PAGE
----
Many people will look at a fish knife and fork and think, what is the point? Is this really essential? Will a standard knife and fork be so wrong?
Many people will see these items as very much a pretentious piece of flatware. Be that as it may, it should remembered such items originate from a time where table behaviour was key, prompting about two hundred distinctive eating utensils being intended for specific courses and/or food types.
History of Fish Knives and Forks
The early to mid-19th century in Britain was a period of thriving industry and wealth which enabled the middle classes to focus on dining as a way to impress and display their wealth. The idea of separate courses arrived in the 1850’s, leading to the demand for an assortment of utensils which would distinguish the serving and eating of various food types.
For manufactures of cutlery (cutlers) this was an amazing time as they were able to produce several hundred eating utensils in various design styles which could even incorporate additional materials to the handles to make then more aesthetically appealing. In the case of fish servers, knife blades were frequently embellished with piscatorial related engraved decoration.
In the Victorian era fish servers and cutlery sets also made fabulous gifts. It was common place for brides to request fish services as gifts to add to their silver flatware collection as a dining table could be set with twenty-two or more different pieces at each place setting, each having a unique purpose for the banquet; I use the term banquet as it was quite common for these meals to last eight hours! Imagine expecting your dinner guests today to remain at the dining table for this length of time, it would be almost impossible.
What is a Fish Knife?
This small table knife is specifically designed to facilitate the eating of fish. The knife blade has a curved sharp edge, perfect for sliding between the skin and flesh of the fish. The broad blade is a useful feature as it assists in lifting the fish to the fork, whilst keeping flakes in one piece. The blade terminates in a relatively sharp point which is useful to lift small bones away from the flesh.
The wide surface may also be used to scrape up, or spread any sauce served with the fish.
Most of the fish purchased for dining events today is likely to boned and filleted by the fishmonger, so does this mean the item is useless in the modern day “filet-o-fish” world? Martha Stewart gives a good demonstration on how to use a fish knife which you can view here.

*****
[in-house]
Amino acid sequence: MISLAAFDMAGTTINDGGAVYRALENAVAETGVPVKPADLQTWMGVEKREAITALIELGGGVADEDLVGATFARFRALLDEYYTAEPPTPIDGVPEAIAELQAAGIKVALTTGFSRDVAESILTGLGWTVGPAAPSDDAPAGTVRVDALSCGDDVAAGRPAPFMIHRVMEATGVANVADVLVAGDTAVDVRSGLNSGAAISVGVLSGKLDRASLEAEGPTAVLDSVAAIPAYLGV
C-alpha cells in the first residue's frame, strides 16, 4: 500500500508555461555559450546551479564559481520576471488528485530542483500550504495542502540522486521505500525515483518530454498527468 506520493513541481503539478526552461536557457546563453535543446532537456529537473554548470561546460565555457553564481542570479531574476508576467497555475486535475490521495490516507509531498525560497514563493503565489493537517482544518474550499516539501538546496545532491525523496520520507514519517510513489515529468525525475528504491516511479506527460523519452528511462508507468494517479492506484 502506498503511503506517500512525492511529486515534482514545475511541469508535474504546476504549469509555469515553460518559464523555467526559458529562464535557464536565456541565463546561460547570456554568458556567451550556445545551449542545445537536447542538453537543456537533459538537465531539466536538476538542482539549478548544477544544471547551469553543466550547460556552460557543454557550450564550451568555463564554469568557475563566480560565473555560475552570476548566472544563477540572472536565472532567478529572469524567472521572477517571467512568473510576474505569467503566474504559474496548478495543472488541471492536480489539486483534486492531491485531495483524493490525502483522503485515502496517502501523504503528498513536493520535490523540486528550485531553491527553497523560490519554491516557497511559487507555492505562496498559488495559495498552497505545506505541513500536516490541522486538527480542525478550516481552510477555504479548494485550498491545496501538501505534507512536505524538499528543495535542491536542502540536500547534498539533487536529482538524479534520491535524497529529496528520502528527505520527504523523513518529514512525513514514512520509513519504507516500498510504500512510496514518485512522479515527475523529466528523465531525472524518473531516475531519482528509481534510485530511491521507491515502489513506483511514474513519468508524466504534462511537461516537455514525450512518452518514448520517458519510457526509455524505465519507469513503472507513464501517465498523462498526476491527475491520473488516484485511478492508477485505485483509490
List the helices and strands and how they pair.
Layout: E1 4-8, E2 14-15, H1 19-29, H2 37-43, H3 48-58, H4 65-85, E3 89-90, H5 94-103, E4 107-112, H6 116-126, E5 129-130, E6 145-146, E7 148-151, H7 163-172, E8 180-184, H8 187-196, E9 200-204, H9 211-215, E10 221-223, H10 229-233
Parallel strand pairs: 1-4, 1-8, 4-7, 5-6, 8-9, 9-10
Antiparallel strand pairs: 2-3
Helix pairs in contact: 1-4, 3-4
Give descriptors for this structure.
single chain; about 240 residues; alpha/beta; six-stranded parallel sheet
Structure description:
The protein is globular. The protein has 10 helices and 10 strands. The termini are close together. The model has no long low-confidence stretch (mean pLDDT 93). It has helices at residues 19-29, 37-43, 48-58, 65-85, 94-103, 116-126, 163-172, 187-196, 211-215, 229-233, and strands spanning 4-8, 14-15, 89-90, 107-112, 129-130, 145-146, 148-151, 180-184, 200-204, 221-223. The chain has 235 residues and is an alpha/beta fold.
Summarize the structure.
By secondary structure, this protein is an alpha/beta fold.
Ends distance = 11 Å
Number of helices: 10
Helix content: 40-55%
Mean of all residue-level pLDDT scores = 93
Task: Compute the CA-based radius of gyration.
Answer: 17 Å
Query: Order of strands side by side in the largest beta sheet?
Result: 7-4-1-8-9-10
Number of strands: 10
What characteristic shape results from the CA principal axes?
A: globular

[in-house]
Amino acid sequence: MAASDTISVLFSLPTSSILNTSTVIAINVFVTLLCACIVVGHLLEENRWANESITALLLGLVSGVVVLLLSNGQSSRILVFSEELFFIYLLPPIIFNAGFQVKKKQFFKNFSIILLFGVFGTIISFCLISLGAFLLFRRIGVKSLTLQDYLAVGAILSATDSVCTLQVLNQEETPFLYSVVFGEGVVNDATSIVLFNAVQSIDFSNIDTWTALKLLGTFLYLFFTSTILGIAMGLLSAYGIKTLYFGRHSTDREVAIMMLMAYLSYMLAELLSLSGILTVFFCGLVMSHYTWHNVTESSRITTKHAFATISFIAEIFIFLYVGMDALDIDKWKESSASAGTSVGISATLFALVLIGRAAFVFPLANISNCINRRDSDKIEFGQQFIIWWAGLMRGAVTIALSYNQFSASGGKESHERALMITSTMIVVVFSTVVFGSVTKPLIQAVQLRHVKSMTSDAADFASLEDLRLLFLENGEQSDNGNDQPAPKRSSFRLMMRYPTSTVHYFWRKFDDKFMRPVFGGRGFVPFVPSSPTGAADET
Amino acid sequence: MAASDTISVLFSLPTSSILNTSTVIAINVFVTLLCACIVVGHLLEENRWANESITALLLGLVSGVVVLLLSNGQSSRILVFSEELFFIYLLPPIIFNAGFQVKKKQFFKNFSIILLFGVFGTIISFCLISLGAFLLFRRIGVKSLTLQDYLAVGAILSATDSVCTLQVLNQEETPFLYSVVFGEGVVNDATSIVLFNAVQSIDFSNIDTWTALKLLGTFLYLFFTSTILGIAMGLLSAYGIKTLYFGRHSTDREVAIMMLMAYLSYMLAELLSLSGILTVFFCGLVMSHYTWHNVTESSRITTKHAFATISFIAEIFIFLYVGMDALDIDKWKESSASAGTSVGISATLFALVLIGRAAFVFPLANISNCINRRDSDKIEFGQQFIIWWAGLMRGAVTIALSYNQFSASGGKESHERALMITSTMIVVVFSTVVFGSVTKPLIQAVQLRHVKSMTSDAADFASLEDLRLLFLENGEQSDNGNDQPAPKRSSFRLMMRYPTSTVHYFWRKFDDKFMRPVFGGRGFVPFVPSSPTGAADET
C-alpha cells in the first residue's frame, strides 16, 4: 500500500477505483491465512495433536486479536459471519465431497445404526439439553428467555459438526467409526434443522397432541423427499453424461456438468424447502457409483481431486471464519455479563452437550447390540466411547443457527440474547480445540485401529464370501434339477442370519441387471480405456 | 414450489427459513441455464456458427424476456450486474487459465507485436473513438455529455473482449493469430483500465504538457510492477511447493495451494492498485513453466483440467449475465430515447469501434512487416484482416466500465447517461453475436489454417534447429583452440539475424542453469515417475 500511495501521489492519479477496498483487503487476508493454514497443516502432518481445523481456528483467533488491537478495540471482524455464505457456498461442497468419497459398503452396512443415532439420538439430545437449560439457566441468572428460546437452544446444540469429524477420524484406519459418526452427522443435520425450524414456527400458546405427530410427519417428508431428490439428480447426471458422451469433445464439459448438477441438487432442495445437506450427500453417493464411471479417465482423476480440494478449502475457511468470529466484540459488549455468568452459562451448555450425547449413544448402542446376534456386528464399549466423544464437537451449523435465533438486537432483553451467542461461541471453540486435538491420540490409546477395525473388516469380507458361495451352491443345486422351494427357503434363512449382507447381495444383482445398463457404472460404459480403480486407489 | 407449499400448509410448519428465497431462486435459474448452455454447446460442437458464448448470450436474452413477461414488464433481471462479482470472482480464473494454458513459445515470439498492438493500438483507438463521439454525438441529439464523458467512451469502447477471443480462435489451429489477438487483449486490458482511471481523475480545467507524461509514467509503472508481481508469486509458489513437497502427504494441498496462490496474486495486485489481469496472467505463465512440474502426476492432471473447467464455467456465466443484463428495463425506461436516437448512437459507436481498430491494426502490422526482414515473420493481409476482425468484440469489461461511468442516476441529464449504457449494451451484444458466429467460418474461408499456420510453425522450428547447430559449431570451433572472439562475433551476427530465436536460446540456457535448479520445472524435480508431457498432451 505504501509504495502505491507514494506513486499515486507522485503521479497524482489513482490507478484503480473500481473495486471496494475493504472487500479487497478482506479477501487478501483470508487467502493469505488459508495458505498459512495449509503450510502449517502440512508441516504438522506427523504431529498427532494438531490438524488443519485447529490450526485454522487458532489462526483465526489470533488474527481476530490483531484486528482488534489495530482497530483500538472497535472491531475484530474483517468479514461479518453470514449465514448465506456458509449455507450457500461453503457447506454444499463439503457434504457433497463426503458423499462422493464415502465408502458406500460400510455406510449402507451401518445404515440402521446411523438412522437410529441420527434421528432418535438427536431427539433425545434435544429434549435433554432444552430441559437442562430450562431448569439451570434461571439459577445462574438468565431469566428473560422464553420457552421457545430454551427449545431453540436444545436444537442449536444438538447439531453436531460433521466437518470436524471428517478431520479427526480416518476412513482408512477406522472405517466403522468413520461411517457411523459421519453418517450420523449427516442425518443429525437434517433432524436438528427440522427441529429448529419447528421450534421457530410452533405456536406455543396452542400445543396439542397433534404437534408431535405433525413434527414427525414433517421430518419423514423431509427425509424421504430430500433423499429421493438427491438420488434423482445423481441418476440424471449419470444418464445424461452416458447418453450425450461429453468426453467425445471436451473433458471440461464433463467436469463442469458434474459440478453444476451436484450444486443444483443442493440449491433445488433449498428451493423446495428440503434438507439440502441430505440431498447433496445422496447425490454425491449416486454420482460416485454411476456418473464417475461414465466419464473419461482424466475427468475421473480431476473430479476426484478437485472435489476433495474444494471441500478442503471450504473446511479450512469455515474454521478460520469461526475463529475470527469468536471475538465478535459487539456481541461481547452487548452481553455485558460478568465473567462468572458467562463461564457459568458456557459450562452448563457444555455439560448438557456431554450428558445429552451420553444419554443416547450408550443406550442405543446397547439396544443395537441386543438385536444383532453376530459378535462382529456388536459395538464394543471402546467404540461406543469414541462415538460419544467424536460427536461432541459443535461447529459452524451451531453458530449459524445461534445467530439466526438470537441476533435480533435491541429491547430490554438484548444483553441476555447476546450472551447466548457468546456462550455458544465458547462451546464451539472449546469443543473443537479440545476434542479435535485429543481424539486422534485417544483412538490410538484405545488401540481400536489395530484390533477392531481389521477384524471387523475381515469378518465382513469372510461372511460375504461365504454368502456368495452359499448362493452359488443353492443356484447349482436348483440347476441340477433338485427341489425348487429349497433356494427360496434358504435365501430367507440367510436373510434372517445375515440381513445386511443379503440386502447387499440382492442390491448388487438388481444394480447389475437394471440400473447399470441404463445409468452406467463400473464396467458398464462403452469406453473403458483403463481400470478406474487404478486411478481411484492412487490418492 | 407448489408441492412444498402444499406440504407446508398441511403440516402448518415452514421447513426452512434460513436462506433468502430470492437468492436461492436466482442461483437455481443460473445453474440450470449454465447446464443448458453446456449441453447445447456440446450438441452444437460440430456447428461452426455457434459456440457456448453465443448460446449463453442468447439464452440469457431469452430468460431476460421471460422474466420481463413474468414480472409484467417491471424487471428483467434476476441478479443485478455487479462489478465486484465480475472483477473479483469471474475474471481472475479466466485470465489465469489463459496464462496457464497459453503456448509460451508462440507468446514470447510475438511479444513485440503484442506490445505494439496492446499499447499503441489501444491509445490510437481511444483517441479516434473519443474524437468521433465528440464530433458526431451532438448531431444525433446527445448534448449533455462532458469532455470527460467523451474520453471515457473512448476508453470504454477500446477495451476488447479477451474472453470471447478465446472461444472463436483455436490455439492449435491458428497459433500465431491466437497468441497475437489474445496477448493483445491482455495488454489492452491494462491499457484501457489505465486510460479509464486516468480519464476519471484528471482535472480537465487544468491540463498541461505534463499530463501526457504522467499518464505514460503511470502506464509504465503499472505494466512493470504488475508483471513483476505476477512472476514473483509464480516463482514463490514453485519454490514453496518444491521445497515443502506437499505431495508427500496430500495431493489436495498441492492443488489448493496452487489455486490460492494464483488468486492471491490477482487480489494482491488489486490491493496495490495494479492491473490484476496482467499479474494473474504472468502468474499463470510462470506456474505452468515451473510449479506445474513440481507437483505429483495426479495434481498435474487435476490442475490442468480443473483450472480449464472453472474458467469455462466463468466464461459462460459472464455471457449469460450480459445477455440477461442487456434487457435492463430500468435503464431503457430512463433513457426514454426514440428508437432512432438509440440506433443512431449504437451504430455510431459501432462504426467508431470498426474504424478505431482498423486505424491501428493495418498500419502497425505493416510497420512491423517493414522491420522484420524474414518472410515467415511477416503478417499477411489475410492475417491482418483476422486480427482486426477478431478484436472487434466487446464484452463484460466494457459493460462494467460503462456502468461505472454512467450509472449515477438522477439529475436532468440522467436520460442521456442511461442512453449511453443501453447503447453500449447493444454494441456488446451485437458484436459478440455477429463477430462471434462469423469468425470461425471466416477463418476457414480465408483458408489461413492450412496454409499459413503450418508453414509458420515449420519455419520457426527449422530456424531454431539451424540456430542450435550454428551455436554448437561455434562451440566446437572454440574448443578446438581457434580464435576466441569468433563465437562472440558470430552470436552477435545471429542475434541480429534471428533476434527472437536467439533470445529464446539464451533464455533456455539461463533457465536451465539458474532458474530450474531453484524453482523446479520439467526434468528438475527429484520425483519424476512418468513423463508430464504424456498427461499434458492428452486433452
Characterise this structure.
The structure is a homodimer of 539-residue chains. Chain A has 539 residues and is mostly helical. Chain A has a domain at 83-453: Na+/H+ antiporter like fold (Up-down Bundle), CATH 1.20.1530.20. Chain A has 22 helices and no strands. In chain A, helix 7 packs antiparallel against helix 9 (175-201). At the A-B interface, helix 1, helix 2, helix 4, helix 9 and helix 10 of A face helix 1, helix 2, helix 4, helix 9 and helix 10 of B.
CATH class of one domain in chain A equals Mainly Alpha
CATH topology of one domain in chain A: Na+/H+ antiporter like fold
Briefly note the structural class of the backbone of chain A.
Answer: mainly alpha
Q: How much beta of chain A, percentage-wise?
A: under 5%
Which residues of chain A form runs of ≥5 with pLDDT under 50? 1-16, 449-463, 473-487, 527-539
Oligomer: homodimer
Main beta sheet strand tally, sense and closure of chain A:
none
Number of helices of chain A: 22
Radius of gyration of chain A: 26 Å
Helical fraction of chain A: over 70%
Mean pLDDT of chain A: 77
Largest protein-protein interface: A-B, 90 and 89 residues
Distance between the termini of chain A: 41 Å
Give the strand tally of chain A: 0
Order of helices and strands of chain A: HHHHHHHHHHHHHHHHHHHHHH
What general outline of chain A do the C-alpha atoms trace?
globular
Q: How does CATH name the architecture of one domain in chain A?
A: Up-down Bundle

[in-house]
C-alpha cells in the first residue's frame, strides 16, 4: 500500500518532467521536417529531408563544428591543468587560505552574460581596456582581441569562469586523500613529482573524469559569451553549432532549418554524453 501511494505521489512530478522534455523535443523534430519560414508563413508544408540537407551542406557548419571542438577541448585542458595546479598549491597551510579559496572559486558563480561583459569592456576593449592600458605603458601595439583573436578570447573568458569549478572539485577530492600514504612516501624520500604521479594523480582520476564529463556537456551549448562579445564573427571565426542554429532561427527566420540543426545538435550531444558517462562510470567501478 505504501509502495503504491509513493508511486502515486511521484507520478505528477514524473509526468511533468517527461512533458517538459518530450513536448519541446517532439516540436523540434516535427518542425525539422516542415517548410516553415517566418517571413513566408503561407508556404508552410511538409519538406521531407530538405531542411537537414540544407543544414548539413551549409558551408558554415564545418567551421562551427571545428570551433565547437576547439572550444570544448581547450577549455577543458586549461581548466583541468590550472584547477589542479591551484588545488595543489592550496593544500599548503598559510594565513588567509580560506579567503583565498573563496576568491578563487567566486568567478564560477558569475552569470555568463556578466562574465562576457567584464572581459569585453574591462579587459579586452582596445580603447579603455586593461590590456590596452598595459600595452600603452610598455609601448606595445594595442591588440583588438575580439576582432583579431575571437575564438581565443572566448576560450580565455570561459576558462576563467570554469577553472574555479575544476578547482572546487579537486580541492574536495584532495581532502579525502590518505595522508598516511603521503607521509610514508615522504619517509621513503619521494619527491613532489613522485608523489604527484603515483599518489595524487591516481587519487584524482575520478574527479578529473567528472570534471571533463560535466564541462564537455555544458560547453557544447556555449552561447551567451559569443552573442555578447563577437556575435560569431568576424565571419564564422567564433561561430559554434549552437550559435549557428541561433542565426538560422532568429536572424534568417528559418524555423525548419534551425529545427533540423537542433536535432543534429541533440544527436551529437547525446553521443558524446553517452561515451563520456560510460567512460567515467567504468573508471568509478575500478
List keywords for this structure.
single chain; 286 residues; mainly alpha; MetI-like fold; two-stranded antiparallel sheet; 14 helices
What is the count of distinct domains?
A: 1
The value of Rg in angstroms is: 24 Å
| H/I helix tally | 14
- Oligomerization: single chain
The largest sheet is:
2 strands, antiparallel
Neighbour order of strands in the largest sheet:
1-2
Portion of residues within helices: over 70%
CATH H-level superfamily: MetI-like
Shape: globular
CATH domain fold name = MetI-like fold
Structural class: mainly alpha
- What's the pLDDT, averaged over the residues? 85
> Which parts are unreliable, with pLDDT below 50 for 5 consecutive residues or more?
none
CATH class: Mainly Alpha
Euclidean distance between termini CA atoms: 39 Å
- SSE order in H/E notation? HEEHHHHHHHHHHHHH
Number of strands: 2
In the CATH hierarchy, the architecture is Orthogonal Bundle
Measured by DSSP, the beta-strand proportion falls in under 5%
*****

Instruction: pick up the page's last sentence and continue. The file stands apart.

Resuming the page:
What is a Fish Fork?
As with the fish knife the fish fork is used with fish dishes. The standard fish fork smaller than a table fork and is approximately 7 ¼ to 7 ¾ inches long. Fish forks (and knives) often have an incurve shaped form (pictured); we believe this feature was simply to differentiate it from all the other forks that could be present on the table, as potentially there could be a considerable amount.
Placement of Fish Knives and Forks on the Dining Table
Like traditional dining table settings, the fish knife and fork are placed in order of use. Therefore if fish is being served as an appetiser the fish knife is laid to the right of the dinner knife and fish fork to the left of the dinner fork.
If fish is being served as a main course fish cutlery should be placed nearest the plate (fish knife to the right of the dinner plate and fish fork laid to the left of the plate). When it comes to the fish fork it may be place with either the fork tines upward in the American style or downward for the continental style (pictured below).
Many of our customers appreciate the beauty of silver fish cutlery and you can see the items in use in the picture below. However there are a lot of people who believe that the fish knife was quite a fussy item of cutlery and really had no true reason for its design and in effect was created to solve a non-existing problem. What do you think? Would you use fish knives and forks?
Gemma Tubbrit – Online Marketing Manager
Mini Bio: Gemma has many years experience in online marketing and social media. More recently she has focussed her skills within the more specialised jewellery and antique silver industries.